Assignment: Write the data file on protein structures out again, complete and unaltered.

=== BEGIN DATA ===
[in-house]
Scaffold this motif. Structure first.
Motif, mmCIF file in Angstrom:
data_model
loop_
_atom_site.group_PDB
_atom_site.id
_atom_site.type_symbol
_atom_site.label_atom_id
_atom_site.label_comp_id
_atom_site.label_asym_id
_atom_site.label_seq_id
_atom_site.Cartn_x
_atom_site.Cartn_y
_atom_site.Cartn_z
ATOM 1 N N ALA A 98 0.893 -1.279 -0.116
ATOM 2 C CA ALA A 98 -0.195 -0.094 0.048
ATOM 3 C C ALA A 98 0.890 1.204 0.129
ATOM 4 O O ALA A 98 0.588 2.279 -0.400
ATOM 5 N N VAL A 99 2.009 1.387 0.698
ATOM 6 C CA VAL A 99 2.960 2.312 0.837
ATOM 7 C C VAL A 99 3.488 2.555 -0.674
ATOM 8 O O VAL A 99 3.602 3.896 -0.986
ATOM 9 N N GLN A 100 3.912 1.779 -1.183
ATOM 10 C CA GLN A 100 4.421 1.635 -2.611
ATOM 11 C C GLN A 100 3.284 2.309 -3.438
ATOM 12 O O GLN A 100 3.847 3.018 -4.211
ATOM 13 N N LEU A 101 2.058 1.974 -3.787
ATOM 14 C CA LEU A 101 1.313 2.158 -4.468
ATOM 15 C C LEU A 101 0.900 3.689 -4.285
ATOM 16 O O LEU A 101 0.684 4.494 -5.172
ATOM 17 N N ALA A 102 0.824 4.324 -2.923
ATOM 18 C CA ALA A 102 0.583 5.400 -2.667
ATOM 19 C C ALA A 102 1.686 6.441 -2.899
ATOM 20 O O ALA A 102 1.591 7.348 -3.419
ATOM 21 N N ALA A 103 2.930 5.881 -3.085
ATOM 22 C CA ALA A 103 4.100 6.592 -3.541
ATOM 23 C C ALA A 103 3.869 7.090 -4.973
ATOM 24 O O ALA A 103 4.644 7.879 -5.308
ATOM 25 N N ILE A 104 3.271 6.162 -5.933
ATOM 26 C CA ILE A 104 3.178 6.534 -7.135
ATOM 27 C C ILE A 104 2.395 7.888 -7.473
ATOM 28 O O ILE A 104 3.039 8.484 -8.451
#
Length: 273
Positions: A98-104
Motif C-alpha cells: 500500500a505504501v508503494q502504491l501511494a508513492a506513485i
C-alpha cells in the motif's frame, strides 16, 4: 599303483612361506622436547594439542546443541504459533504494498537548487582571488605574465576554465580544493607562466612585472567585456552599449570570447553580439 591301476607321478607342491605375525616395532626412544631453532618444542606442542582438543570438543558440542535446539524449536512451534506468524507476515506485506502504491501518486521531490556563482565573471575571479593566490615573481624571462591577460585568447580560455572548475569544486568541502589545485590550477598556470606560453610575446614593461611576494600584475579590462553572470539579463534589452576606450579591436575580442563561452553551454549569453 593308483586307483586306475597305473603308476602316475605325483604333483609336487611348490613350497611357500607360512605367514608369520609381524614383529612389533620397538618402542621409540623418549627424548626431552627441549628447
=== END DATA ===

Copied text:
[in-house]
Scaffold this motif. Structure first.
Motif, mmCIF file in Angstrom:
data_model
loop_
_atom_site.group_PDB
_atom_site.id
_atom_site.type_symbol
_atom_site.label_atom_id
_atom_site.label_comp_id
_atom_site.label_asym_id
_atom_site.label_seq_id
_atom_site.Cartn_x
_atom_site.Cartn_y
_atom_site.Cartn_z
ATOM 1 N N ALA A 98 0.893 -1.279 -0.116
ATOM 2 C CA ALA A 98 -0.195 -0.094 0.048
ATOM 3 C C ALA A 98 0.890 1.204 0.129
ATOM 4 O O ALA A 98 0.588 2.279 -0.400
ATOM 5 N N VAL A 99 2.009 1.387 0.698
ATOM 6 C CA VAL A 99 2.960 2.312 0.837
ATOM 7 C C VAL A 99 3.488 2.555 -0.674
ATOM 8 O O VAL A 99 3.602 3.896 -0.986
ATOM 9 N N GLN A 100 3.912 1.779 -1.183
ATOM 10 C CA GLN A 100 4.421 1.635 -2.611
ATOM 11 C C GLN A 100 3.284 2.309 -3.438
ATOM 12 O O GLN A 100 3.847 3.018 -4.211
ATOM 13 N N LEU A 101 2.058 1.974 -3.787
ATOM 14 C CA LEU A 101 1.313 2.158 -4.468
ATOM 15 C C LEU A 101 0.900 3.689 -4.285
ATOM 16 O O LEU A 101 0.684 4.494 -5.172
ATOM 17 N N ALA A 102 0.824 4.324 -2.923
ATOM 18 C CA ALA A 102 0.583 5.400 -2.667
ATOM 19 C C ALA A 102 1.686 6.441 -2.899
ATOM 20 O O ALA A 102 1.591 7.348 -3.419
ATOM 21 N N ALA A 103 2.930 5.881 -3.085
ATOM 22 C CA ALA A 103 4.100 6.592 -3.541
ATOM 23 C C ALA A 103 3.869 7.090 -4.973
ATOM 24 O O ALA A 103 4.644 7.879 -5.308
ATOM 25 N N ILE A 104 3.271 6.162 -5.933
ATOM 26 C CA ILE A 104 3.178 6.534 -7.135
ATOM 27 C C ILE A 104 2.395 7.888 -7.473
ATOM 28 O O ILE A 104 3.039 8.484 -8.451
#
Length: 273
Positions: A98-104
Motif C-alpha cells: 500500500a505504501v508503494q502504491l501511494a508513492a506513485i
C-alpha cells in the motif's frame, strides 16, 4: 599303483612361506622436547594439542546443541504459533504494498537548487582571488605574465576554465580544493607562466612585472567585456552599449570570447553580439 591301476607321478607342491605375525616395532626412544631453532618444542606442542582438543570438543558440542535446539524449536512451534506468524507476515506485506502504491501518486521531490556563482565573471575571479593566490615573481624571462591577460585568447580560455572548475569544486568541502589545485590550477598556470606560453610575446614593461611576494600584475579590462553572470539579463534589452576606450579591436575580442563561452553551454549569453 593308483586307483586306475597305473603308476602316475605325483604333483609336487611348490613350497611357500607360512605367514608369520609381524614383529612389533620397538618402542621409540623418549627424548626431552627441549628447